The Winchester Democrat - 1890
On the 17th inst., business called us to the beautiful gateway city of the mountains, Clay City. On boarding the train at Winchester, the first man to greet us was Deputy Sheriff Mathers of Clay City, whom we found to be a very pleasant gentleman. Mr. Mathers was conductor on the K. U. for four years, resigning his position only a short time ago.
Arriving at Clay City we were greatly surprised at its growth and prosperity. We had heard and read of its rapid transit from a desolate river bottom covered with broom sage and brush to a prosperous city, but failed to realize it until we had seen for ourselves.
We were shown over the city by that prince of good fellows, W. C. Brown, a nephew of E. M. Brown, general superintendent of the company's works. Here we find one of the largest lumber mills south of the Ohio River. It is equipped with 13 boilers and a mammoth engine of 940 horsepower, two handsaws, one circular saw, and one gangsaw; with a total capacity of 200,000 feet per day. There is connected with this mill a dry house containing 16 bins (each 14 x 85 feet) with blowers attached for drying lumber.
This great mill is situated near the "cut off," which was dammed in the construction of the railroad forming a bayou into which the logs are floated. There is a boom extending many miles up the river. Logs are taken from the boom and floated down a canal from the dam to the bayou. This mill gives employment of 300 men.
There is also in the course of construction one of the largest planing mills in the South; also car shops, electric light building, bank building, an elevated tramway, and many other buildings.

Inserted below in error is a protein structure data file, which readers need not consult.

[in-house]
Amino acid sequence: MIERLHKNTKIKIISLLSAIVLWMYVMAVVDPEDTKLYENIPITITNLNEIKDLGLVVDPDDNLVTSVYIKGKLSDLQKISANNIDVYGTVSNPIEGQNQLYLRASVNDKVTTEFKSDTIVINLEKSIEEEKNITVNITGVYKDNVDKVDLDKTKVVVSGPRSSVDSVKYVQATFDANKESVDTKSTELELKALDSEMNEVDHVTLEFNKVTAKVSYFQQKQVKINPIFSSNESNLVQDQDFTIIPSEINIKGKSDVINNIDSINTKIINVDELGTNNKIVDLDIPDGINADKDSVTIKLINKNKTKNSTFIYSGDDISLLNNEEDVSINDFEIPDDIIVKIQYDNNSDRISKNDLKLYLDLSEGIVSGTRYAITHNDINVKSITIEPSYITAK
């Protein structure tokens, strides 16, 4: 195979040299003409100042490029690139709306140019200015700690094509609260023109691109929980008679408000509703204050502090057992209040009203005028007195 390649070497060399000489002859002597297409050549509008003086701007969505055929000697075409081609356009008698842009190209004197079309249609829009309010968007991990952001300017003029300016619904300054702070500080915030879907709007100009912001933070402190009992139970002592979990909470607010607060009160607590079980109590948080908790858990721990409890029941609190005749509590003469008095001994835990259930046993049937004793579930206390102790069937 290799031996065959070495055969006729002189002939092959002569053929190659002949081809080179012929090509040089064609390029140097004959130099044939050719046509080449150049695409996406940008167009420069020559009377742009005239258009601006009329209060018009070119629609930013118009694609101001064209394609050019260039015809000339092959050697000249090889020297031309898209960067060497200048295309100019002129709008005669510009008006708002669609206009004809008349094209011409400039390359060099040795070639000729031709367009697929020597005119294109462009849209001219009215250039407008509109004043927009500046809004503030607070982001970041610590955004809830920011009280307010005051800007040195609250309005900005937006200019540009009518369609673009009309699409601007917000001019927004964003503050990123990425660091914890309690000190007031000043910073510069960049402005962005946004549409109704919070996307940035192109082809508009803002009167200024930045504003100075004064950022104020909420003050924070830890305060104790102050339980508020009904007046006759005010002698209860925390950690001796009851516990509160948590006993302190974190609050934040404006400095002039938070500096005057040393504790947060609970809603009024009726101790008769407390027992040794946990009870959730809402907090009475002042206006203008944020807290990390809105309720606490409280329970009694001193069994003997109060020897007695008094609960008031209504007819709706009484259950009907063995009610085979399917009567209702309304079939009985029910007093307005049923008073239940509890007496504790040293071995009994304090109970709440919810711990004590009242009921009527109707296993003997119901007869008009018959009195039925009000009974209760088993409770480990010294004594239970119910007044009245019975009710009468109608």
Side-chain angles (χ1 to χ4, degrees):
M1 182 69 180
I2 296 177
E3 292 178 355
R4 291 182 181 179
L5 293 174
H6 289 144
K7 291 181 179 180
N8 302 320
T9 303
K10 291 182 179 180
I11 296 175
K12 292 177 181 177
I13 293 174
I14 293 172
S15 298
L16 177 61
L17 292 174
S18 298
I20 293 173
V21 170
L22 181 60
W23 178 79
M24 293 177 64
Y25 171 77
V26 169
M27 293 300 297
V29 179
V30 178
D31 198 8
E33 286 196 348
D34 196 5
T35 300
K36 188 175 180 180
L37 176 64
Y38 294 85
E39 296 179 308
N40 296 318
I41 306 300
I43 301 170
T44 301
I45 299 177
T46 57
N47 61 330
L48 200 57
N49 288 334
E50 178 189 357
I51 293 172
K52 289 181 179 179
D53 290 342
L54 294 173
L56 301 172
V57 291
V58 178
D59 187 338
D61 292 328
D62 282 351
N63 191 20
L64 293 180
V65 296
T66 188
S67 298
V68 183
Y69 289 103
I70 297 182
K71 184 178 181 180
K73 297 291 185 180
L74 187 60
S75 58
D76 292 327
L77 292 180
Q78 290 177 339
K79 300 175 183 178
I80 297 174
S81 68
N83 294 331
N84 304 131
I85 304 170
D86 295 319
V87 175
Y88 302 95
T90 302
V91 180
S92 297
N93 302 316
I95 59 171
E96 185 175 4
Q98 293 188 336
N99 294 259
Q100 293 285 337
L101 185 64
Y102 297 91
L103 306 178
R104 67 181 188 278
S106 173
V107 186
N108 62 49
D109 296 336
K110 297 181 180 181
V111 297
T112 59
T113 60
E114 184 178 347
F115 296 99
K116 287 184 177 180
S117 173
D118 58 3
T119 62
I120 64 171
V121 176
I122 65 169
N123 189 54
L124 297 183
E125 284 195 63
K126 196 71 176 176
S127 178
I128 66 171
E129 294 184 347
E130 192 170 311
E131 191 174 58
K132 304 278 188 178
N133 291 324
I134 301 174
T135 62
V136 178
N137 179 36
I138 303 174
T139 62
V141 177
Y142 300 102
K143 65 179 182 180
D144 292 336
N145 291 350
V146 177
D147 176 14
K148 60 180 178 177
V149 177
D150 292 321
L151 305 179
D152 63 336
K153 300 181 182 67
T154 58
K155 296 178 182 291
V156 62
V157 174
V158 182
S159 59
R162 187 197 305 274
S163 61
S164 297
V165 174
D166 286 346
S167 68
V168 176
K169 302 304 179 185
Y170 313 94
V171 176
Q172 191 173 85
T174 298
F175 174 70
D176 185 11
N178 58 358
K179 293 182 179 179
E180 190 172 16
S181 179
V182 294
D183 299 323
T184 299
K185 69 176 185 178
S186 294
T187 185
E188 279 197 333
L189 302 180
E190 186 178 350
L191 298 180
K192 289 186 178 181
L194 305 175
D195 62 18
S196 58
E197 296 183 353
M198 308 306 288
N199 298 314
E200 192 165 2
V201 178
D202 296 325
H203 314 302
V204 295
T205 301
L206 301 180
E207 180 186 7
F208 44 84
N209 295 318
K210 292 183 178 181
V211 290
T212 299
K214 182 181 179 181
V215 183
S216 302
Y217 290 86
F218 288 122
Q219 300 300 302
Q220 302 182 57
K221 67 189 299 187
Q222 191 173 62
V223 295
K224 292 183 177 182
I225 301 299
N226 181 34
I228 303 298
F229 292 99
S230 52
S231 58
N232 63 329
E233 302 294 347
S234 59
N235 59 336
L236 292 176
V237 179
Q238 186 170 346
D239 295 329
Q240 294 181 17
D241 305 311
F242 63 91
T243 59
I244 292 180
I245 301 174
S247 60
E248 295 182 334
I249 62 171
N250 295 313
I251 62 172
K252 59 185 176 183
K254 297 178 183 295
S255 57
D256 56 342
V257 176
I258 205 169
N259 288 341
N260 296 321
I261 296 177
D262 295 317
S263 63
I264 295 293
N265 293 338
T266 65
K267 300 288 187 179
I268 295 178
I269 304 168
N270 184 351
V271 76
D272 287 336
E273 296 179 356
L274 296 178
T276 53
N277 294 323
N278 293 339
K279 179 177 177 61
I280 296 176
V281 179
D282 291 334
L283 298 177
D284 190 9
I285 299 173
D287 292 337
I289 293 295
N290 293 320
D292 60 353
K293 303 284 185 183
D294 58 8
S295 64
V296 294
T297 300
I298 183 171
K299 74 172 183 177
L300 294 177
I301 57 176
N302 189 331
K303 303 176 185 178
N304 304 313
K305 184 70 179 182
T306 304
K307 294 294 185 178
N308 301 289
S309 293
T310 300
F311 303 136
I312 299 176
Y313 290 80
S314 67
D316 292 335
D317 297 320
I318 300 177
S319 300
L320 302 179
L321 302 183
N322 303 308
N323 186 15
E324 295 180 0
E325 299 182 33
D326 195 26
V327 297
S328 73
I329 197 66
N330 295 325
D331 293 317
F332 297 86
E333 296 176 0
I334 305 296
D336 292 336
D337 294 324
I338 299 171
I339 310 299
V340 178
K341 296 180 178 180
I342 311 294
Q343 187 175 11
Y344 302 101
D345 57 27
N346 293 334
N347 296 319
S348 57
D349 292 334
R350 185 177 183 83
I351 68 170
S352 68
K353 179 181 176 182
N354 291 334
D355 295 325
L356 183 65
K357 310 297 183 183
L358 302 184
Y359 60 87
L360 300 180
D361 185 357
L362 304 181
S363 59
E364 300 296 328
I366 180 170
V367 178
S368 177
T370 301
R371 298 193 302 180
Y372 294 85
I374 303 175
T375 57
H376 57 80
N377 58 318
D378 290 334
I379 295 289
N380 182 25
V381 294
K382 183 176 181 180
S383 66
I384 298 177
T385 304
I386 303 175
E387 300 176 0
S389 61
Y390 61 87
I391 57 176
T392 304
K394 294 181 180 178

Col. J. T. Tucker, of Clay City, has an elegant storeroom here with rooms above, from which he realizes a handsome rental. He is also building two other storerooms with an opera house above and has had a half-dozen applications for the building, when completed.
Thos. Adams has just completed the Riverside Hotel, a four-story building containing 88 rooms.
The city will soon be lighted by electricity, and waterworks will be in operation in a short time.
There is a brickyard here with a capacity of 52,500 bricks per day.
Clay City furnishes employment to 1,000 mechanics, and the company's monthly payroll exceeds $80,000. The company has a large store here. We saw a carload of Kerr's flour unloading for this store.
Capt. J. B. Blackburn and his excellent lady preside over the Clay City Hotel, a first-class house. Many courtesies were extended by Tom Lane, formerly of Winchester. Tom superintends the company's painting and is also deputy sheriff and is very proficient in both positions. He receives a good salary and richly deserves it.
Mechanics of all kinds are in great demand and good wages are paid steady, competent workmen.
The great needs of Clay City are more houses for mechanics to live in, more sidewalks, a church, and a public school. All of these will, no doubt, be added in the near future.
Lots in the business part of the city are held at from $25 to $40 per front foot.
The gentlemen who compose the company are wide-awake businessmen, are investing their money largely in Clay City, and we predict for it a bright future. We were there three days and had business transactions with quite a number of people and found them kind, courteous, and obliging.
May the future of Clay City be even more prosperous
than its past.